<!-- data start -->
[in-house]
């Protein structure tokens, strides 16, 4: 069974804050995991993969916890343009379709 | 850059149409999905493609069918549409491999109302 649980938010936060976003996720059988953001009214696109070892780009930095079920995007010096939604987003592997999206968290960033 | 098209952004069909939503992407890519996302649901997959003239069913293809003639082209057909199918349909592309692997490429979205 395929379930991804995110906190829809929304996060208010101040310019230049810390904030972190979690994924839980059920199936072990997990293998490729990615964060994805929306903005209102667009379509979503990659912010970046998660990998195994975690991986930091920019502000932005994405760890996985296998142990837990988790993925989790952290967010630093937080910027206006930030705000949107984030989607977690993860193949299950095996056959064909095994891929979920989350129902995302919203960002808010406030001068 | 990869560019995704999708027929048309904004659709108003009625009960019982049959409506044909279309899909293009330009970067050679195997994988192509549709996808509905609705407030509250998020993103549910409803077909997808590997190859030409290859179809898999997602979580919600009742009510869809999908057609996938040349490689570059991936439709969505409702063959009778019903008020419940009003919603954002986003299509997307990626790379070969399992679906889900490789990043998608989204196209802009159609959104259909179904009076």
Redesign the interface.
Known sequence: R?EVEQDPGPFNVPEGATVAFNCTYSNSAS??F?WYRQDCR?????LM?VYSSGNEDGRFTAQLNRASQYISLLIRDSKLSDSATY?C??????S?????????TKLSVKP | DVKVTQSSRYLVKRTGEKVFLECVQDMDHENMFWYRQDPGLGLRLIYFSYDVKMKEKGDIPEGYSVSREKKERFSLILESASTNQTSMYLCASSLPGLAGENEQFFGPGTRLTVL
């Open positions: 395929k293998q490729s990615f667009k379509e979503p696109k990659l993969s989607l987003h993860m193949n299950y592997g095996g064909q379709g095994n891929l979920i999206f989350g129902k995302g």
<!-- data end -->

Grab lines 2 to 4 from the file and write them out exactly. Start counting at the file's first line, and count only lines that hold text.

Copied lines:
């Protein structure tokens, strides 16, 4: 069974804050995991993969916890343009379709 | 850059149409999905493609069918549409491999109302 649980938010936060976003996720059988953001009214696109070892780009930095079920995007010096939604987003592997999206968290960033 | 098209952004069909939503992407890519996302649901997959003239069913293809003639082209057909199918349909592309692997490429979205 395929379930991804995110906190829809929304996060208010101040310019230049810390904030972190979690994924839980059920199936072990997990293998490729990615964060994805929306903005209102667009379509979503990659912010970046998660990998195994975690991986930091920019502000932005994405760890996985296998142990837990988790993925989790952290967010630093937080910027206006930030705000949107984030989607977690993860193949299950095996056959064909095994891929979920989350129902995302919203960002808010406030001068 | 990869560019995704999708027929048309904004659709108003009625009960019982049959409506044909279309899909293009330009970067050679195997994988192509549709996808509905609705407030509250998020993103549910409803077909997808590997190859030409290859179809898999997602979580919600009742009510869809999908057609996938040349490689570059991936439709969505409702063959009778019903008020419940009003919603954002986003299509997307990626790379070969399992679906889900490789990043998608989204196209802009159609959104259909179904009076």
Redesign the interface.
Known sequence: R?EVEQDPGPFNVPEGATVAFNCTYSNSAS??F?WYRQDCR?????LM?VYSSGNEDGRFTAQLNRASQYISLLIRDSKLSDSATY?C??????S?????????TKLSVKP | DVKVTQSSRYLVKRTGEKVFLECVQDMDHENMFWYRQDPGLGLRLIYFSYDVKMKEKGDIPEGYSVSREKKERFSLILESASTNQTSMYLCASSLPGLAGENEQFFGPGTRLTVL